The bid price is the amount a dealer will pay for a given product or unit of precious metal. The ask price is how much the dealer will sell a product for. The spread between these two prices--the “dealer spread” or “bid-ask spread”--is often used as a measure of that item’s liquidity on the market.
Palladium futures contracts are agreement between two parties to exchange a specified quantity of investment-grade palladium (.995 fine and above) at a specified price on a future date (typically 3 months in the future). Because palladium futures represent an expected price for the metal at a later date, a high volume of trades in futures contracts priced above or below the current spot price can influence real-time prices higher or lower.
The NYMEX is the New York Mercantile Exchange, a commercial exchange platform where futures contracts are traded. Precious metals futures have been traded on the NYMEX since 1994, when it acquired the COMEX, a commodities exchange. The NYMEX was purchased by the Chicago Mercantile Exchange (CME) in 2008.
The COMEX is now the commodities division of the NYMEX. Commodities futures, including palladium futures, are traded daily on the COMEX. These futures contracts can have a considerable influence on the current spot price of palladium. The COMEX is also operated under the CME.
Palladium derivatives, especially exchange traded funds (ETFs), are often called “paper palladium” because they are financial products whose value is tied closely to the price of palladium, but they are merely shares in a fund. Until (or if) you take delivery of actual palladium from an ETF or similar mechanism, you only own the palladium “on paper.” Stocks in palladium mining companies may also be considered “paper palladium,” as opposed to physical, tangible palladium bullion--holding the actual metal in your hand.
Yes, mining companies can indirectly affect the palladium price. If the spot price of palladium falls too far, certain mining operations must shut down or risk losing considerable sums of money, since research and development costs are rather steep. The miner can cut production when prices are low, thus decreasing supply (or expected supply) and influencing prices higher, or create the opposite effect by ramping up production when prices are high.
Yes, because there are exchange platforms located all over the world (London, Hong Kong, Singapore, etc.), palladium and the other precious metals are traded on a constant basis, meaning price changes are always occurring.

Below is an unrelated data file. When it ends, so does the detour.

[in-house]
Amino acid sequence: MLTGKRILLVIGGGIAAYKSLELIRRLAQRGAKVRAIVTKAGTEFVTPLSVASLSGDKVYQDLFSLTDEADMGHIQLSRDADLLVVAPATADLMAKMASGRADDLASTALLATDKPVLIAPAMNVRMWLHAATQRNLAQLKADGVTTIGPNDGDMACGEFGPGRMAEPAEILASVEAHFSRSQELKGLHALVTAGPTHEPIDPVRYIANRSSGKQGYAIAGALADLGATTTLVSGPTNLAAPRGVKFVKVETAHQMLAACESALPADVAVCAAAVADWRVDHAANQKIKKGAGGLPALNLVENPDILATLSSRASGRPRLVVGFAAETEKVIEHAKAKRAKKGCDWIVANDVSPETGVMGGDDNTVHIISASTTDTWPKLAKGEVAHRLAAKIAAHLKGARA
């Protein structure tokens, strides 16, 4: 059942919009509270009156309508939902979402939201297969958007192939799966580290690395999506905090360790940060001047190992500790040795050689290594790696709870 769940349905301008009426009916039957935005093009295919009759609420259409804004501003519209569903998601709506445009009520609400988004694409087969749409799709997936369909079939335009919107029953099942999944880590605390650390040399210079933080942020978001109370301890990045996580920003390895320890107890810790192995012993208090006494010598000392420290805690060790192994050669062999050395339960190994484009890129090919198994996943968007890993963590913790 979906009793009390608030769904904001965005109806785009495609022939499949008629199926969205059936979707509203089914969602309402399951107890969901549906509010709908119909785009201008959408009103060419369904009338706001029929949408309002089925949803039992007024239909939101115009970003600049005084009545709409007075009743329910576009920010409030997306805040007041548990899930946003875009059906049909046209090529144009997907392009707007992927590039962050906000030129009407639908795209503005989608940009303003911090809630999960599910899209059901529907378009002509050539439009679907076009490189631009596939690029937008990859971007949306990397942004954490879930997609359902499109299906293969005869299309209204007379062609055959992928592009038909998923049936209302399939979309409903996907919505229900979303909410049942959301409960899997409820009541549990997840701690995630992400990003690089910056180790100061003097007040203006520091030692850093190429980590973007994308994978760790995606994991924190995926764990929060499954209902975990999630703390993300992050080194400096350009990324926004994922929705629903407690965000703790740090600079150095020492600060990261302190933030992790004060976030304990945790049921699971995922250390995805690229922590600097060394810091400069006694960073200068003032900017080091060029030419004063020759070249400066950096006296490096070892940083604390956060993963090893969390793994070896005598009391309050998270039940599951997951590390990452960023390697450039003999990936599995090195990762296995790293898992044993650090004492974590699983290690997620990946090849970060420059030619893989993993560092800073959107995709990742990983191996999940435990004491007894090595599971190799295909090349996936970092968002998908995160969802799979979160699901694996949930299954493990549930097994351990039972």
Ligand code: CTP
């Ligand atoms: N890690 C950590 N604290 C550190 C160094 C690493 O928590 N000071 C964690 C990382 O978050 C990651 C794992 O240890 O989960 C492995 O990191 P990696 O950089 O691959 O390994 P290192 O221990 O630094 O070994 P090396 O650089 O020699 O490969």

Whether or not buying palladium is a taxable purchase depends on several factors. If a palladium product is being shipped across state lines, it is considered interstate commerce and is not taxed. If a purchase of palladium exceeds $500, there is no sales tax because this is seen as an investment. Also, if you buy a palladium coin within its issuing country, then there is no sales tax because you are buying another form of legal tender. When palladium is shipped internationally, there may be value added taxes or import duties imposed by the country where the shipment is received.
Credit card transactions are more expensive because of the merchant costs associated with processing credit card payments. Precious metals dealers operate on very thin profit margins and cannot absorb these processing fees. That’s why we offer the option to pay by bank wire, because wire transactions typically only cost a small, flat fee, and can allow you to maximize the amount of palladium your dollar will purchase.
Because spot prices are constantly fluctuating, the price of your purchase can increase or decrease up until the time it is finalized. Prior to the finalization of your order, the price of an item is subject to the market fluctuations of the spot price. For bank wire purchases, if you can provide a valid credit card to authorize 5% of the total cost of your order, the spot price will be locked in before your wired funds are received, and the 5% credit card authorization will be voided upon receipt.
Specifically, no, the face value of a palladium coin does not correspond to its actual value. In a broad sense, the monetary denomination will be higher for larger size coins and lower for small coins, but this has little bearing on the coin’s retail value. The assigned face value of a palladium bullion coin is largely symbolic, considering the intrinsic value of such a coin is typically far above its value as legal tender. The presence of a legal tender status, however, does usually add to the premium over spot for a palladium coin when compared to a generic palladium bullion product of the same weight and purity specifications.
There are numerous advantages to buying palladium online rather than at a local coin shop. Traditional “brick and mortar” dealers often encounter expensive overhead costs of maintaining their storefront location that online sellers don’t have to worry about, allowing an online dealer to pass these savings onto the consumer. Online dealers may also be able to offer a larger inventory and wider variety of products to their customers thanks to certain economies of scale. Finally, if you purchase palladium online, you’re able to shop from the convenience of your own home at any time, 24 hours a day, 7 days a week, whereas most traditional stores are only open during business hours (or less).